[Note for TomDispatch Readers: The next post will be on Tuesday, May 21st. Tom]
As William Hartung and Mandy Smithberger reported at TomDispatch recently, the national security budget has reached $1.25 trillion annually without evidently peaking, while the U.S. military fights wars without end across a significant swath of the planet (and yet another war or two loom on the horizon). One thing seems clear, as today's authors report: there are some remarkably deep pockets in Washington pouring money into ensuring that your tax dollars will never stop flowing into that budget and into the wars and the weaponry that keep it ever on the rise. Someday, it may be seen for the scam it largely is, as basic American infrastructure declines without investment of just about any sort. (Too bad Lockheed Martin, Raytheon, and crew don’t build roads, dams, and public schools and that the Saudis aren’t at war with American infrastructure. Then some real money might go into them all!)
Anyway, maybe the greatest scam in Washington -- and that says a lot in the age of Donald Trump -- sports a distinctly anodyne name: “lobbying.” Whether you’re a major weapons maker or a war-making Middle Eastern ally of the U.S., it goes without saying that you have to hire one or more lobbying firms to make sure that your needs, desires, and views on what matters are front and center in political Washington. Too bad the rest of us can’t hire lobbying groups to make our own cases for what should matter most, which, when it comes to yours truly and so many other Americans, certainly isn’t the royals of Saudi Arabia and the United Arab Emirates or Lockheed Martin, Raytheon, and the rest of the “industrial” part of the military-industrial complex. Unfortunately, as Mashal Hashem and James Allen report in their first TomDispatch post, at least two lobbying outfits have given the term “double-dipping” new meaning in Washington when it comes to American backing for and the sale of American weaponry to Saudi Arabia and the United Arab Emirates in their seemingly never-ending war in Yemen, one of the genuine horrorsof our age. Tom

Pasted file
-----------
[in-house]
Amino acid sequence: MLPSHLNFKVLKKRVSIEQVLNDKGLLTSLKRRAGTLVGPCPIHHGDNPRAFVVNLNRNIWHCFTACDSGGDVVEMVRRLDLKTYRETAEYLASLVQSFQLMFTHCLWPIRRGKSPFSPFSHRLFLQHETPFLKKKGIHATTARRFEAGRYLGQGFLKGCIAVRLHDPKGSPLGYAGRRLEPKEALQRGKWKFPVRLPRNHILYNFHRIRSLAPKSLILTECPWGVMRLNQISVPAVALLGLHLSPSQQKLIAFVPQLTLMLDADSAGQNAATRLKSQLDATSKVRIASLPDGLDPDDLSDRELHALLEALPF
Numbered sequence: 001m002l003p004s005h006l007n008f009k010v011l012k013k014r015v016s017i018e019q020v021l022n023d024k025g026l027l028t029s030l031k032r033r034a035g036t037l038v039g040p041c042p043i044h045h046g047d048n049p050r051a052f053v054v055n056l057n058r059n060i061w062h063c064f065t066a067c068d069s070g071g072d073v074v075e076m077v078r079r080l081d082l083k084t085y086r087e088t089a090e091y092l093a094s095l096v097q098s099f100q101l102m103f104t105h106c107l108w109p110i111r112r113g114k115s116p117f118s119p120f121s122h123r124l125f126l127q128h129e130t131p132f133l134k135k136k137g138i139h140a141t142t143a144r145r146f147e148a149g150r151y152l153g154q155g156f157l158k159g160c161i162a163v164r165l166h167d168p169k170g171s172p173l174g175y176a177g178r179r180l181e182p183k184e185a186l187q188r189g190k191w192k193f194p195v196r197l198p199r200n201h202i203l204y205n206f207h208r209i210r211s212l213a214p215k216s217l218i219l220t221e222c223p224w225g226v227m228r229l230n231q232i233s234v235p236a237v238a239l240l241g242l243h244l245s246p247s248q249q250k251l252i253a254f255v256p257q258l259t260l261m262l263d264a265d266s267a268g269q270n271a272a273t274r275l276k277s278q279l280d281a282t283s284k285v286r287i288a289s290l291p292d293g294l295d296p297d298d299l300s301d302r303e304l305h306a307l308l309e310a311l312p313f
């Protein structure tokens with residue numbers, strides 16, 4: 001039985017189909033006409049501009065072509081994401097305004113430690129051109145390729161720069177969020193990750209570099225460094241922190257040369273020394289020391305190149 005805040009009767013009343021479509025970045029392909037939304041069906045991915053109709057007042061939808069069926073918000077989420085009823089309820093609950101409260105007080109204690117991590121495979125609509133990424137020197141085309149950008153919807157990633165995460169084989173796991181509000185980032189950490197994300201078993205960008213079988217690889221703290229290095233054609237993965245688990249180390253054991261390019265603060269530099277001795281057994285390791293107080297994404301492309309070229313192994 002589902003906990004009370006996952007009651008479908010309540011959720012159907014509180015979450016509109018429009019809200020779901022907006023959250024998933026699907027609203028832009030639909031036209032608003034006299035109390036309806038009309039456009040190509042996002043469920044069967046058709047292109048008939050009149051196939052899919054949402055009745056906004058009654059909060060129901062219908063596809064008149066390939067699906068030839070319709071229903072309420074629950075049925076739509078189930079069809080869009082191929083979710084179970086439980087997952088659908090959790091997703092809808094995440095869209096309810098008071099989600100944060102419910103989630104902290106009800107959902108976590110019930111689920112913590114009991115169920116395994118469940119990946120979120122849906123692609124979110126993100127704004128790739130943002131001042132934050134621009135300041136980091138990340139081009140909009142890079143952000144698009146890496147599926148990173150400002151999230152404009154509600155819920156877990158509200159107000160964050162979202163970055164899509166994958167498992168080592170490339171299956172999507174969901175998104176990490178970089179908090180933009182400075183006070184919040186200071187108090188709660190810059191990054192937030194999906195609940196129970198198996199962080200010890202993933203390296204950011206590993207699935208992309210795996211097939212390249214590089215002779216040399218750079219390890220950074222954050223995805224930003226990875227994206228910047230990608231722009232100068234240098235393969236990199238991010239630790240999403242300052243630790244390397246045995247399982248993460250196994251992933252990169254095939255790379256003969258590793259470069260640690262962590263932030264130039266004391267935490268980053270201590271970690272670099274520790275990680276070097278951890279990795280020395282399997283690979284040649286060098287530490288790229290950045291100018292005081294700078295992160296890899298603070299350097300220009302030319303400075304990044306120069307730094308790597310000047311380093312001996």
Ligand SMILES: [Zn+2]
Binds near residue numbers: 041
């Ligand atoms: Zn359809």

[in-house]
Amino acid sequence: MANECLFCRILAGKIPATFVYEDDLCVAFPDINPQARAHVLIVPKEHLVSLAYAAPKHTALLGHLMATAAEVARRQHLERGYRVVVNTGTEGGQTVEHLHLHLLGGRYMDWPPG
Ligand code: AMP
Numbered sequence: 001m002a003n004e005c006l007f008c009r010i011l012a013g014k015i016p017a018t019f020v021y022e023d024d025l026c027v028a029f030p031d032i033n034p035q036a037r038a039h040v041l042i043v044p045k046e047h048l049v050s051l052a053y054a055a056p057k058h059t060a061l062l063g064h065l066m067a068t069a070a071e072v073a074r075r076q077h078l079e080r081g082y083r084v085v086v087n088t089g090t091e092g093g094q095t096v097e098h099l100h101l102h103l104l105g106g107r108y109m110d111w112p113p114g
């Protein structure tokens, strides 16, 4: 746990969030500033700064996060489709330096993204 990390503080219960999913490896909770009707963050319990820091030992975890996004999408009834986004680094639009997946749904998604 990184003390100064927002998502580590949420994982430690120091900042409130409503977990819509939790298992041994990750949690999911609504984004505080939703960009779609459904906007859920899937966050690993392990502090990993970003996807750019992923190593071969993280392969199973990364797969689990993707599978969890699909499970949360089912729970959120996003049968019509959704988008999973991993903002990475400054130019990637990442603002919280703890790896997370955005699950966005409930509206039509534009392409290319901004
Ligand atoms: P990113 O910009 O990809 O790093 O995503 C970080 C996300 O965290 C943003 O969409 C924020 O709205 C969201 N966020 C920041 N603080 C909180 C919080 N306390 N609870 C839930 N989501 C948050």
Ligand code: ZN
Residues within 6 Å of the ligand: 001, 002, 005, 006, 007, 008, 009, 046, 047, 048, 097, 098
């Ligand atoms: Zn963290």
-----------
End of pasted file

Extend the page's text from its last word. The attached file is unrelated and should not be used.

A springtime wedding in Northern Yemen’s Al-Raqah village took place in April 2018, a moment of reprieve from the turmoil and devastation of that war-torn country, a moment to celebrate life, love, and the birth of a new family. From the tents constructed for the event, music flooded into the village and, as at any good wedding, exuberant dancing was a central part of the festivities.
Unbeknownst to the guests, the music masked the buzzing of a warplane overhead. Suddenly, in a horrific turn of events, Saudi-led forces launched a deadly airstrike and 20-year-old groom Yahya Ja’afar’s wedding was transformed into a scene of carnage. Deafened by the explosion, guests fearfully searched for loved ones in a sea of confusion and body parts. In a telling photo, the flowery wreaths worn by celebrants lie atop a landscape of rubble. At least 20 wedding-goers lost their lives to the Saudi-led coalition’s now four-year-old brutal campaign in that country.